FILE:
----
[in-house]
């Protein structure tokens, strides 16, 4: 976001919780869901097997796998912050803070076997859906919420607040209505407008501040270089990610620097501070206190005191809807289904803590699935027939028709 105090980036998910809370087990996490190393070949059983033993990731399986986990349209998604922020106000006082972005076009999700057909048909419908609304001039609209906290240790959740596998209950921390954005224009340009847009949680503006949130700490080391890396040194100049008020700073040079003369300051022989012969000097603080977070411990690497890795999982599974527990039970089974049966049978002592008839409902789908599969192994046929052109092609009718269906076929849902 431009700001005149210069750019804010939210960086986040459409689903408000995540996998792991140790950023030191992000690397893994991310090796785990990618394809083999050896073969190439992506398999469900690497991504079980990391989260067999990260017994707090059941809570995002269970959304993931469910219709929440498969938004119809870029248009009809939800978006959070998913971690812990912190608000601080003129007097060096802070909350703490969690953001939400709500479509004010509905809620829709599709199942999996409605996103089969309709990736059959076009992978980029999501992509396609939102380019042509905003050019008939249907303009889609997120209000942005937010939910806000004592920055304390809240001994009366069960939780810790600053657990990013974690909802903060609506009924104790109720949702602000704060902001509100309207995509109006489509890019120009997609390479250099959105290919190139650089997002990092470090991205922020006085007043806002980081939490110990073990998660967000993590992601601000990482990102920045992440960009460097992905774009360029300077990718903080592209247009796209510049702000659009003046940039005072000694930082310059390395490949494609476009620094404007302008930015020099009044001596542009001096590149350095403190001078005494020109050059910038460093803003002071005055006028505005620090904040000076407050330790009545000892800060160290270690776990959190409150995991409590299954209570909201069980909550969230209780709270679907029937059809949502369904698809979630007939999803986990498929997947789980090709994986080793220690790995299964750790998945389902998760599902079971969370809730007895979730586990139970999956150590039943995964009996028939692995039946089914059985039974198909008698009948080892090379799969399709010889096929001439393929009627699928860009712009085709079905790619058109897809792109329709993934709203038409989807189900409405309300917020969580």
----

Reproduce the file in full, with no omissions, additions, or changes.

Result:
[in-house]
């Protein structure tokens, strides 16, 4: 976001919780869901097997796998912050803070076997859906919420607040209505407008501040270089990610620097501070206190005191809807289904803590699935027939028709 105090980036998910809370087990996490190393070949059983033993990731399986986990349209998604922020106000006082972005076009999700057909048909419908609304001039609209906290240790959740596998209950921390954005224009340009847009949680503006949130700490080391890396040194100049008020700073040079003369300051022989012969000097603080977070411990690497890795999982599974527990039970089974049966049978002592008839409902789908599969192994046929052109092609009718269906076929849902 431009700001005149210069750019804010939210960086986040459409689903408000995540996998792991140790950023030191992000690397893994991310090796785990990618394809083999050896073969190439992506398999469900690497991504079980990391989260067999990260017994707090059941809570995002269970959304993931469910219709929440498969938004119809870029248009009809939800978006959070998913971690812990912190608000601080003129007097060096802070909350703490969690953001939400709500479509004010509905809620829709599709199942999996409605996103089969309709990736059959076009992978980029999501992509396609939102380019042509905003050019008939249907303009889609997120209000942005937010939910806000004592920055304390809240001994009366069960939780810790600053657990990013974690909802903060609506009924104790109720949702602000704060902001509100309207995509109006489509890019120009997609390479250099959105290919190139650089997002990092470090991205922020006085007043806002980081939490110990073990998660967000993590992601601000990482990102920045992440960009460097992905774009360029300077990718903080592209247009796209510049702000659009003046940039005072000694930082310059390395490949494609476009620094404007302008930015020099009044001596542009001096590149350095403190001078005494020109050059910038460093803003002071005055006028505005620090904040000076407050330790009545000892800060160290270690776990959190409150995991409590299954209570909201069980909550969230209780709270679907029937059809949502369904698809979630007939999803986990498929997947789980090709994986080793220690790995299964750790998945389902998760599902079971969370809730007895979730586990139970999956150590039943995964009996028939692995039946089914059985039974198909008698009948080892090379799969399709010889096929001439393929009627699928860009712009085709079905790619058109897809792109329709993934709203038409989807189900409405309300917020969580």